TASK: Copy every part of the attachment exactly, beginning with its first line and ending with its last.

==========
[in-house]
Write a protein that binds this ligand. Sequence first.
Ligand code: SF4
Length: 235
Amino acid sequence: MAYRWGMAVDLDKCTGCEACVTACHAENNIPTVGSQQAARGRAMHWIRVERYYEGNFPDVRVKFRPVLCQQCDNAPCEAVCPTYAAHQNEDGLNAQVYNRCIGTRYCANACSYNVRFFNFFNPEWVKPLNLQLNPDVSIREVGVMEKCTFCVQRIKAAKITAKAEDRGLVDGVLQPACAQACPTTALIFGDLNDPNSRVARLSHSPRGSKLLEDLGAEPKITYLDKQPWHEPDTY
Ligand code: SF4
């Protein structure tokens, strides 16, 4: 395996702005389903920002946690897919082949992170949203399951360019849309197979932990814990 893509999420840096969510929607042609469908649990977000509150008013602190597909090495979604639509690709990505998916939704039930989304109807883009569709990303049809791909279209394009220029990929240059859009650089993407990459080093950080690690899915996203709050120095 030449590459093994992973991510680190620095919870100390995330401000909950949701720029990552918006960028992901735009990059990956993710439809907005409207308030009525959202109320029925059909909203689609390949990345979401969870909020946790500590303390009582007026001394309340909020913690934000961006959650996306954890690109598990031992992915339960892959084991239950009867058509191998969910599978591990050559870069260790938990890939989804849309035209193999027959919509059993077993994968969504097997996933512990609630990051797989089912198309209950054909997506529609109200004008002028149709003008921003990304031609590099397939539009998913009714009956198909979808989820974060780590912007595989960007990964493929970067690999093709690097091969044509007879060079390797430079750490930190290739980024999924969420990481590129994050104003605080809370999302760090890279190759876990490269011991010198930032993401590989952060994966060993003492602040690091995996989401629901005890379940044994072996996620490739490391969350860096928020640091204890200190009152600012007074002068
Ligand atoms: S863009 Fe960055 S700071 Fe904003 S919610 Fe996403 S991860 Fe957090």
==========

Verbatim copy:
[in-house]
Write a protein that binds this ligand. Sequence first.
Ligand code: SF4
Length: 235
Amino acid sequence: MAYRWGMAVDLDKCTGCEACVTACHAENNIPTVGSQQAARGRAMHWIRVERYYEGNFPDVRVKFRPVLCQQCDNAPCEAVCPTYAAHQNEDGLNAQVYNRCIGTRYCANACSYNVRFFNFFNPEWVKPLNLQLNPDVSIREVGVMEKCTFCVQRIKAAKITAKAEDRGLVDGVLQPACAQACPTTALIFGDLNDPNSRVARLSHSPRGSKLLEDLGAEPKITYLDKQPWHEPDTY
Ligand code: SF4
């Protein structure tokens, strides 16, 4: 395996702005389903920002946690897919082949992170949203399951360019849309197979932990814990 893509999420840096969510929607042609469908649990977000509150008013602190597909090495979604639509690709990505998916939704039930989304109807883009569709990303049809791909279209394009220029990929240059859009650089993407990459080093950080690690899915996203709050120095 030449590459093994992973991510680190620095919870100390995330401000909950949701720029990552918006960028992901735009990059990956993710439809907005409207308030009525959202109320029925059909909203689609390949990345979401969870909020946790500590303390009582007026001394309340909020913690934000961006959650996306954890690109598990031992992915339960892959084991239950009867058509191998969910599978591990050559870069260790938990890939989804849309035209193999027959919509059993077993994968969504097997996933512990609630990051797989089912198309209950054909997506529609109200004008002028149709003008921003990304031609590099397939539009998913009714009956198909979808989820974060780590912007595989960007990964493929970067690999093709690097091969044509007879060079390797430079750490930190290739980024999924969420990481590129994050104003605080809370999302760090890279190759876990490269011991010198930032993401590989952060994966060993003492602040690091995996989401629901005890379940044994072996996620490739490391969350860096928020640091204890200190009152600012007074002068
Ligand atoms: S863009 Fe960055 S700071 Fe904003 S919610 Fe996403 S991860 Fe957090």